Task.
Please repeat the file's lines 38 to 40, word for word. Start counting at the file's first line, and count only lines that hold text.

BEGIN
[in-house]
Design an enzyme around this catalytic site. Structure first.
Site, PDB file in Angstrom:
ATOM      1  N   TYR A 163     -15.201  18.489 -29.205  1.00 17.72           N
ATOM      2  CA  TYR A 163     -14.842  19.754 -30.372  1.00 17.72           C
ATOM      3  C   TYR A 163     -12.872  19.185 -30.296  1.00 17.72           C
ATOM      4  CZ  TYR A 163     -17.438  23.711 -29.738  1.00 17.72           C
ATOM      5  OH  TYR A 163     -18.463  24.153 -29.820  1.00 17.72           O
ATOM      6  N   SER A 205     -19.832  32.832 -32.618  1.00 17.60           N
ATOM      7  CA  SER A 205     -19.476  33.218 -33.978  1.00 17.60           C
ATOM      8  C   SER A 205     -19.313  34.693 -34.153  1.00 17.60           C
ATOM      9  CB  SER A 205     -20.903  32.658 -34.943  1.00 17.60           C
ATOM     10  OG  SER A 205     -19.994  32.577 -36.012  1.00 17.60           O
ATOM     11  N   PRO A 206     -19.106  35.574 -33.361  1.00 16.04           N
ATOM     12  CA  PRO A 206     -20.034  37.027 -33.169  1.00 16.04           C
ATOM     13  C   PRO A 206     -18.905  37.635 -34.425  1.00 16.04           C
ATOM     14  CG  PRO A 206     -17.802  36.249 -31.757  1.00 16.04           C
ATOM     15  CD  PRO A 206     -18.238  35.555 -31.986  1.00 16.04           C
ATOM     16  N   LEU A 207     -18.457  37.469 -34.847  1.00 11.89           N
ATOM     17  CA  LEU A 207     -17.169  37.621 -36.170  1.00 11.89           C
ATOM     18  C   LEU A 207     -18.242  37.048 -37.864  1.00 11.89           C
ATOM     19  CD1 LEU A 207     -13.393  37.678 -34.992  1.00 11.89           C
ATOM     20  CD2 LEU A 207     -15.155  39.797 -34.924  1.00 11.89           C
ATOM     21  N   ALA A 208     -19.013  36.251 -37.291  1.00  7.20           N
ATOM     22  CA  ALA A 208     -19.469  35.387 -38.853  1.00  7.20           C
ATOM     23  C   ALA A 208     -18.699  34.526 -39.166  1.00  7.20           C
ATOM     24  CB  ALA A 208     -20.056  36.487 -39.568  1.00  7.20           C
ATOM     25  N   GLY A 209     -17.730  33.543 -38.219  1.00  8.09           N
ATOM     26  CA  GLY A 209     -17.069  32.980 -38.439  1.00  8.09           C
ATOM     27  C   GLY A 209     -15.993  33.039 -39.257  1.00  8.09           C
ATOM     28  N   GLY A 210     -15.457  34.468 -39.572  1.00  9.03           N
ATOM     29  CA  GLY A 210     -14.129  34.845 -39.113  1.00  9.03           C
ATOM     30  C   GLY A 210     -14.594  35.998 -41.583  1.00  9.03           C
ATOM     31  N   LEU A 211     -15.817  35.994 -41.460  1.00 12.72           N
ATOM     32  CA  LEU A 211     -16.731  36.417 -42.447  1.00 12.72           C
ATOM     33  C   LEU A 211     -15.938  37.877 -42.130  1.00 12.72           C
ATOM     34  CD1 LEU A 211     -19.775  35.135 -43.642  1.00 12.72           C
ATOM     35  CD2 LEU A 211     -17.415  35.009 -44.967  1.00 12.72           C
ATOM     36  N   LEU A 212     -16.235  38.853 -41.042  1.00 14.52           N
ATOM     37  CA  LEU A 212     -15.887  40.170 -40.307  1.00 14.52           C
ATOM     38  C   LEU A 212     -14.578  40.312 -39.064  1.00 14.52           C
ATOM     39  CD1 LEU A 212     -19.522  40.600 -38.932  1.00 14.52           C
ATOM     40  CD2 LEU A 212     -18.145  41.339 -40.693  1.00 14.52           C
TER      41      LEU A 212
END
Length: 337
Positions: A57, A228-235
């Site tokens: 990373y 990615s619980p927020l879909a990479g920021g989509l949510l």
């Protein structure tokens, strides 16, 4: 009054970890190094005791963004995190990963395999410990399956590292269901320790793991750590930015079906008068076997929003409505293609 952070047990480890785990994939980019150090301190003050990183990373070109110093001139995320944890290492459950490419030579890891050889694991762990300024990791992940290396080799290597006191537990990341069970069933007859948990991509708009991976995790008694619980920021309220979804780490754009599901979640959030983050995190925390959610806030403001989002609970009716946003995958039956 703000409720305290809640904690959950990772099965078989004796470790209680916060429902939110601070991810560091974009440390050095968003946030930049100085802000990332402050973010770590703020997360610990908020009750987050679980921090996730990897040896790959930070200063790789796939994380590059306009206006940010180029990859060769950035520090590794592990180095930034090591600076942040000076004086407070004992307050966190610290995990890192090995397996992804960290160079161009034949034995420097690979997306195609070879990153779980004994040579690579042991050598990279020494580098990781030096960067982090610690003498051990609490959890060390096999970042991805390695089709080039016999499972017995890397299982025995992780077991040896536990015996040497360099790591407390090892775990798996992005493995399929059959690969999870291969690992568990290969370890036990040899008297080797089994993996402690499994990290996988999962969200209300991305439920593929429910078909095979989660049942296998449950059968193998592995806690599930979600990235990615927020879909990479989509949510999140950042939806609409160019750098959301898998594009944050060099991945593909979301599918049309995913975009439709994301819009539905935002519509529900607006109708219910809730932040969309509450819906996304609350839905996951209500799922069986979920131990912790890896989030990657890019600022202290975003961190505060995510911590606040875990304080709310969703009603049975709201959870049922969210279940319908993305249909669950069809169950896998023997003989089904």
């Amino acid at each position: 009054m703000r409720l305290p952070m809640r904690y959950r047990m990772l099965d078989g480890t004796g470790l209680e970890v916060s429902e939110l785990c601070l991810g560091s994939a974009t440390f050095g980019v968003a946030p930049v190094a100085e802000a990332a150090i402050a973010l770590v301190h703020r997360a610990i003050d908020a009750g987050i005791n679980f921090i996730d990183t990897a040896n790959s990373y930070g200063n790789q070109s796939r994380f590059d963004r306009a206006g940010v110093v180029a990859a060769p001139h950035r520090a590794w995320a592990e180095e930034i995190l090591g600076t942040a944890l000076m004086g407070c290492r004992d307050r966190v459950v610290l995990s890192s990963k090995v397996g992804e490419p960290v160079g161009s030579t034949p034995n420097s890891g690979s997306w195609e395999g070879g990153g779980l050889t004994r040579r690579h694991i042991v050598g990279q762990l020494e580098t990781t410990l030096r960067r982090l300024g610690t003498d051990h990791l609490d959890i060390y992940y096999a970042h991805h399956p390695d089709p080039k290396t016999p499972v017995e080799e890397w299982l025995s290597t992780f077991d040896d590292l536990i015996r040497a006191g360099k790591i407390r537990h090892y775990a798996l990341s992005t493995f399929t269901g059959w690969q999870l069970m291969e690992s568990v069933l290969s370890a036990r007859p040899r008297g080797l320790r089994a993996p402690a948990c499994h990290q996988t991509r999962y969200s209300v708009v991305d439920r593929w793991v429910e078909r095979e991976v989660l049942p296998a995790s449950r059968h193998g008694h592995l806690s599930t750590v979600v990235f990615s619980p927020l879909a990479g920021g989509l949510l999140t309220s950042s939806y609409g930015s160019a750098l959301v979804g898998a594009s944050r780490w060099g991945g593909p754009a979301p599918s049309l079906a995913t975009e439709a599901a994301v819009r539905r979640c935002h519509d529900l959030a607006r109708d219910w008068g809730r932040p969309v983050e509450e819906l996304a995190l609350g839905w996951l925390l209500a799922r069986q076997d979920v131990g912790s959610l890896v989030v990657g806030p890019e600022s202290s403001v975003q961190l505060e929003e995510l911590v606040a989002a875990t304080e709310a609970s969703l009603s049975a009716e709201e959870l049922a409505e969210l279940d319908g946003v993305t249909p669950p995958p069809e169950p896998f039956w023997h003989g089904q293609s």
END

ATOM     35  CD2 LEU A 211     -17.415  35.009 -44.967  1.00 12.72           C
ATOM     36  N   LEU A 212     -16.235  38.853 -41.042  1.00 14.52           N
ATOM     37  CA  LEU A 212     -15.887  40.170 -40.307  1.00 14.52           C